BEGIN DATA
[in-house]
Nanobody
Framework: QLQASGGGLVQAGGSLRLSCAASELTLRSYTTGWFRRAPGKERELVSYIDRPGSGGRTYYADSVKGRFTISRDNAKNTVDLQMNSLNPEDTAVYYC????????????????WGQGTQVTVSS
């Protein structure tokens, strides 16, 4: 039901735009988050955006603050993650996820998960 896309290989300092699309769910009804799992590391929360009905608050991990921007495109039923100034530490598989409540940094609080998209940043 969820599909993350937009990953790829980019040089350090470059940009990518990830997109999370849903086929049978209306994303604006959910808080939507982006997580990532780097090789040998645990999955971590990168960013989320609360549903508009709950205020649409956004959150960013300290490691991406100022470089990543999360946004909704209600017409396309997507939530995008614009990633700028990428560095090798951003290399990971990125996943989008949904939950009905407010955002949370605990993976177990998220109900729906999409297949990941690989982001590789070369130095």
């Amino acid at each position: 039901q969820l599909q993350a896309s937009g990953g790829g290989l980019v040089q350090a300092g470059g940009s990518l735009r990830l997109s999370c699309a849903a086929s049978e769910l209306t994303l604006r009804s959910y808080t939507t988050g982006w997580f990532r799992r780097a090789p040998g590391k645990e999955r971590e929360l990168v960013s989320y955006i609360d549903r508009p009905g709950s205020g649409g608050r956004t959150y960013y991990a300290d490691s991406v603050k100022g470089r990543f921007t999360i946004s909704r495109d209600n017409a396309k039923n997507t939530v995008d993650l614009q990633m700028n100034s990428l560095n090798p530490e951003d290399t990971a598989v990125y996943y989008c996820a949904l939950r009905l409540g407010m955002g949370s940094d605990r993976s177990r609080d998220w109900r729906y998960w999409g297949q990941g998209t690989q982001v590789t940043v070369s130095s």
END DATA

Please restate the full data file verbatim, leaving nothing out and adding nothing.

[in-house]
Nanobody
Framework: QLQASGGGLVQAGGSLRLSCAASELTLRSYTTGWFRRAPGKERELVSYIDRPGSGGRTYYADSVKGRFTISRDNAKNTVDLQMNSLNPEDTAVYYC????????????????WGQGTQVTVSS
């Protein structure tokens, strides 16, 4: 039901735009988050955006603050993650996820998960 896309290989300092699309769910009804799992590391929360009905608050991990921007495109039923100034530490598989409540940094609080998209940043 969820599909993350937009990953790829980019040089350090470059940009990518990830997109999370849903086929049978209306994303604006959910808080939507982006997580990532780097090789040998645990999955971590990168960013989320609360549903508009709950205020649409956004959150960013300290490691991406100022470089990543999360946004909704209600017409396309997507939530995008614009990633700028990428560095090798951003290399990971990125996943989008949904939950009905407010955002949370605990993976177990998220109900729906999409297949990941690989982001590789070369130095």
């Amino acid at each position: 039901q969820l599909q993350a896309s937009g990953g790829g290989l980019v040089q350090a300092g470059g940009s990518l735009r990830l997109s999370c699309a849903a086929s049978e769910l209306t994303l604006r009804s959910y808080t939507t988050g982006w997580f990532r799992r780097a090789p040998g590391k645990e999955r971590e929360l990168v960013s989320y955006i609360d549903r508009p009905g709950s205020g649409g608050r956004t959150y960013y991990a300290d490691s991406v603050k100022g470089r990543f921007t999360i946004s909704r495109d209600n017409a396309k039923n997507t939530v995008d993650l614009q990633m700028n100034s990428l560095n090798p530490e951003d290399t990971a598989v990125y996943y989008c996820a949904l939950r009905l409540g407010m955002g949370s940094d605990r993976s177990r609080d998220w109900r729906y998960w999409g297949q990941g998209t690989q982001v590789t940043v070369s130095s």